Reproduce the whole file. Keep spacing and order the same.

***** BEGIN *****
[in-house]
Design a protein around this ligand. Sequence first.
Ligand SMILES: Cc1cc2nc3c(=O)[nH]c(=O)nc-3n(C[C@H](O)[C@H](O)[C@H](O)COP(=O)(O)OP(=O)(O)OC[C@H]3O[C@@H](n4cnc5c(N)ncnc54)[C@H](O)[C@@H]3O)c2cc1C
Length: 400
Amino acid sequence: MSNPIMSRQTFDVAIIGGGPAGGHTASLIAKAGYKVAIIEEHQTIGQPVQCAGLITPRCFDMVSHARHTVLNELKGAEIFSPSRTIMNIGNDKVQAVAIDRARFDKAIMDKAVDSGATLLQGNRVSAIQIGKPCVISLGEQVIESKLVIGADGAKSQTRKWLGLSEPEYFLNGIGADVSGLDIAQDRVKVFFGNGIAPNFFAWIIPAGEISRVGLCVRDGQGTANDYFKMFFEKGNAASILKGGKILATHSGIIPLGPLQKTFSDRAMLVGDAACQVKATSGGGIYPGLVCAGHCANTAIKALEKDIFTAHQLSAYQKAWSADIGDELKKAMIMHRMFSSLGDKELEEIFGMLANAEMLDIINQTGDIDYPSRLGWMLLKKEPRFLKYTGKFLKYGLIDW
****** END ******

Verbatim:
[in-house]
Design a protein around this ligand. Sequence first.
Ligand SMILES: Cc1cc2nc3c(=O)[nH]c(=O)nc-3n(C[C@H](O)[C@H](O)[C@H](O)COP(=O)(O)OP(=O)(O)OC[C@H]3O[C@@H](n4cnc5c(N)ncnc54)[C@H](O)[C@@H]3O)c2cc1C
Length: 400
Amino acid sequence: MSNPIMSRQTFDVAIIGGGPAGGHTASLIAKAGYKVAIIEEHQTIGQPVQCAGLITPRCFDMVSHARHTVLNELKGAEIFSPSRTIMNIGNDKVQAVAIDRARFDKAIMDKAVDSGATLLQGNRVSAIQIGKPCVISLGEQVIESKLVIGADGAKSQTRKWLGLSEPEYFLNGIGADVSGLDIAQDRVKVFFGNGIAPNFFAWIIPAGEISRVGLCVRDGQGTANDYFKMFFEKGNAASILKGGKILATHSGIIPLGPLQKTFSDRAMLVGDAACQVKATSGGGIYPGLVCAGHCANTAIKALEKDIFTAHQLSAYQKAWSADIGDELKKAMIMHRMFSSLGDKELEEIFGMLANAEMLDIINQTGDIDYPSRLGWMLLKKEPRFLKYTGKFLKYGLIDW